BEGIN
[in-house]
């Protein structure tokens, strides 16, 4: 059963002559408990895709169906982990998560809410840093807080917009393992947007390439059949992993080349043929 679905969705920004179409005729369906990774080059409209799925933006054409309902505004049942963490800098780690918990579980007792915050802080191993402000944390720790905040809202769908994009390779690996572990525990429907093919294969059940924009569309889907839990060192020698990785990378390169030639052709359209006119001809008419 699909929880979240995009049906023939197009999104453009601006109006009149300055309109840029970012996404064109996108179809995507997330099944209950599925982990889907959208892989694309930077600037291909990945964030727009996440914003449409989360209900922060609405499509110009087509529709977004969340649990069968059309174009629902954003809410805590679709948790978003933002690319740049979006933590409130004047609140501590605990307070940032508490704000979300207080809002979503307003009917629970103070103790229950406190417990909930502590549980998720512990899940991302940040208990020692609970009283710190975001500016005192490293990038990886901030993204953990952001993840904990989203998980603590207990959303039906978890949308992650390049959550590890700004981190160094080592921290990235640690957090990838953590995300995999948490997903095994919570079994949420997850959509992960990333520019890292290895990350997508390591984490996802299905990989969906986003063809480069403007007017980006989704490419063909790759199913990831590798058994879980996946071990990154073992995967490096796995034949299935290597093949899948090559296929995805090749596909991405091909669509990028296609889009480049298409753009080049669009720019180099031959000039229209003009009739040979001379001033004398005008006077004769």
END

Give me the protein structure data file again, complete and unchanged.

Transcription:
[in-house]
């Protein structure tokens, strides 16, 4: 059963002559408990895709169906982990998560809410840093807080917009393992947007390439059949992993080349043929 679905969705920004179409005729369906990774080059409209799925933006054409309902505004049942963490800098780690918990579980007792915050802080191993402000944390720790905040809202769908994009390779690996572990525990429907093919294969059940924009569309889907839990060192020698990785990378390169030639052709359209006119001809008419 699909929880979240995009049906023939197009999104453009601006109006009149300055309109840029970012996404064109996108179809995507997330099944209950599925982990889907959208892989694309930077600037291909990945964030727009996440914003449409989360209900922060609405499509110009087509529709977004969340649990069968059309174009629902954003809410805590679709948790978003933002690319740049979006933590409130004047609140501590605990307070940032508490704000979300207080809002979503307003009917629970103070103790229950406190417990909930502590549980998720512990899940991302940040208990020692609970009283710190975001500016005192490293990038990886901030993204953990952001993840904990989203998980603590207990959303039906978890949308992650390049959550590890700004981190160094080592921290990235640690957090990838953590995300995999948490997903095994919570079994949420997850959509992960990333520019890292290895990350997508390591984490996802299905990989969906986003063809480069403007007017980006989704490419063909790759199913990831590798058994879980996946071990990154073992995967490096796995034949299935290597093949899948090559296929995805090749596909991405091909669509990028296609889009480049298409753009080049669009720019180099031959000039229209003009009739040979001379001033004398005008006077004769």